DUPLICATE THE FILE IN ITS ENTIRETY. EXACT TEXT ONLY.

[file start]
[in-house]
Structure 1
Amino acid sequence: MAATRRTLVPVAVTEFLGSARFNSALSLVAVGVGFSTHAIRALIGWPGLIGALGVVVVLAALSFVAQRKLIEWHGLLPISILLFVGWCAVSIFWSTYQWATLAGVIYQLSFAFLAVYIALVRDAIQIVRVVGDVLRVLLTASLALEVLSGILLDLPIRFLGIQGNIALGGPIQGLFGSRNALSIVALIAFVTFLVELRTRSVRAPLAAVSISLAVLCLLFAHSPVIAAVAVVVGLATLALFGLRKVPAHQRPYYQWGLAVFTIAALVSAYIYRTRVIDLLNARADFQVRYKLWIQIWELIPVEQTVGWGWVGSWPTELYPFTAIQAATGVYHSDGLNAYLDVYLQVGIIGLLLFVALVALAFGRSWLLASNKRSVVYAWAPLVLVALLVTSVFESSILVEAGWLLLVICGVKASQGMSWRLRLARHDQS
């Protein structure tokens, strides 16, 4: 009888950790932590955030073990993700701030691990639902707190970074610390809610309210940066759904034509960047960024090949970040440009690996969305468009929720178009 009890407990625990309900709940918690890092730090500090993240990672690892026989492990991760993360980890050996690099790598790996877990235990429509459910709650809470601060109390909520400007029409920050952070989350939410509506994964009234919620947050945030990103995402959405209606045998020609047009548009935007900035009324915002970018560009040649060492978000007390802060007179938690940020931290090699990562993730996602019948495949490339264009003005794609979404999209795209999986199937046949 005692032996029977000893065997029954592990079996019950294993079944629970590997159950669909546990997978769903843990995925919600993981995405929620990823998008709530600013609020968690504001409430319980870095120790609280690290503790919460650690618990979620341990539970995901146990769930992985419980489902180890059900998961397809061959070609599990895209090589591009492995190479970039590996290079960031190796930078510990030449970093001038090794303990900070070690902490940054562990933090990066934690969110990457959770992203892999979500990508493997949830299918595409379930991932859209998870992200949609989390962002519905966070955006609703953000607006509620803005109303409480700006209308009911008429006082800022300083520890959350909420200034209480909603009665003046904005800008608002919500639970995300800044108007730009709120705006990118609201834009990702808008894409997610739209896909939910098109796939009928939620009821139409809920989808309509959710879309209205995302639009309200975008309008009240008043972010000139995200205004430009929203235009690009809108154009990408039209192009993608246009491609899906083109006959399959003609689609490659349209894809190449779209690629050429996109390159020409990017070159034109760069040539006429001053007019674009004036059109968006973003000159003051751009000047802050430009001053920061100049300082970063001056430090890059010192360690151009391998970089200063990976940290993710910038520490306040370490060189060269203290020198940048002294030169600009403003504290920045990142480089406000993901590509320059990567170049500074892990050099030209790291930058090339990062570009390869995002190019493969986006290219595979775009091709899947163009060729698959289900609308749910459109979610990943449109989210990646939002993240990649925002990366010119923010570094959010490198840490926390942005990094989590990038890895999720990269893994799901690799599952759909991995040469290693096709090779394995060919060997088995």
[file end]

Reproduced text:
[in-house]
Structure 1
Amino acid sequence: MAATRRTLVPVAVTEFLGSARFNSALSLVAVGVGFSTHAIRALIGWPGLIGALGVVVVLAALSFVAQRKLIEWHGLLPISILLFVGWCAVSIFWSTYQWATLAGVIYQLSFAFLAVYIALVRDAIQIVRVVGDVLRVLLTASLALEVLSGILLDLPIRFLGIQGNIALGGPIQGLFGSRNALSIVALIAFVTFLVELRTRSVRAPLAAVSISLAVLCLLFAHSPVIAAVAVVVGLATLALFGLRKVPAHQRPYYQWGLAVFTIAALVSAYIYRTRVIDLLNARADFQVRYKLWIQIWELIPVEQTVGWGWVGSWPTELYPFTAIQAATGVYHSDGLNAYLDVYLQVGIIGLLLFVALVALAFGRSWLLASNKRSVVYAWAPLVLVALLVTSVFESSILVEAGWLLLVICGVKASQGMSWRLRLARHDQS
């Protein structure tokens, strides 16, 4: 009888950790932590955030073990993700701030691990639902707190970074610390809610309210940066759904034509960047960024090949970040440009690996969305468009929720178009 009890407990625990309900709940918690890092730090500090993240990672690892026989492990991760993360980890050996690099790598790996877990235990429509459910709650809470601060109390909520400007029409920050952070989350939410509506994964009234919620947050945030990103995402959405209606045998020609047009548009935007900035009324915002970018560009040649060492978000007390802060007179938690940020931290090699990562993730996602019948495949490339264009003005794609979404999209795209999986199937046949 005692032996029977000893065997029954592990079996019950294993079944629970590997159950669909546990997978769903843990995925919600993981995405929620990823998008709530600013609020968690504001409430319980870095120790609280690290503790919460650690618990979620341990539970995901146990769930992985419980489902180890059900998961397809061959070609599990895209090589591009492995190479970039590996290079960031190796930078510990030449970093001038090794303990900070070690902490940054562990933090990066934690969110990457959770992203892999979500990508493997949830299918595409379930991932859209998870992200949609989390962002519905966070955006609703953000607006509620803005109303409480700006209308009911008429006082800022300083520890959350909420200034209480909603009665003046904005800008608002919500639970995300800044108007730009709120705006990118609201834009990702808008894409997610739209896909939910098109796939009928939620009821139409809920989808309509959710879309209205995302639009309200975008309008009240008043972010000139995200205004430009929203235009690009809108154009990408039209192009993608246009491609899906083109006959399959003609689609490659349209894809190449779209690629050429996109390159020409990017070159034109760069040539006429001053007019674009004036059109968006973003000159003051751009000047802050430009001053920061100049300082970063001056430090890059010192360690151009391998970089200063990976940290993710910038520490306040370490060189060269203290020198940048002294030169600009403003504290920045990142480089406000993901590509320059990567170049500074892990050099030209790291930058090339990062570009390869995002190019493969986006290219595979775009091709899947163009060729698959289900609308749910459109979610990943449109989210990646939002993240990649925002990366010119923010570094959010490198840490926390942005990094989590990038890895999720990269893994799901690799599952759909991995040469290693096709090779394995060919060997088995």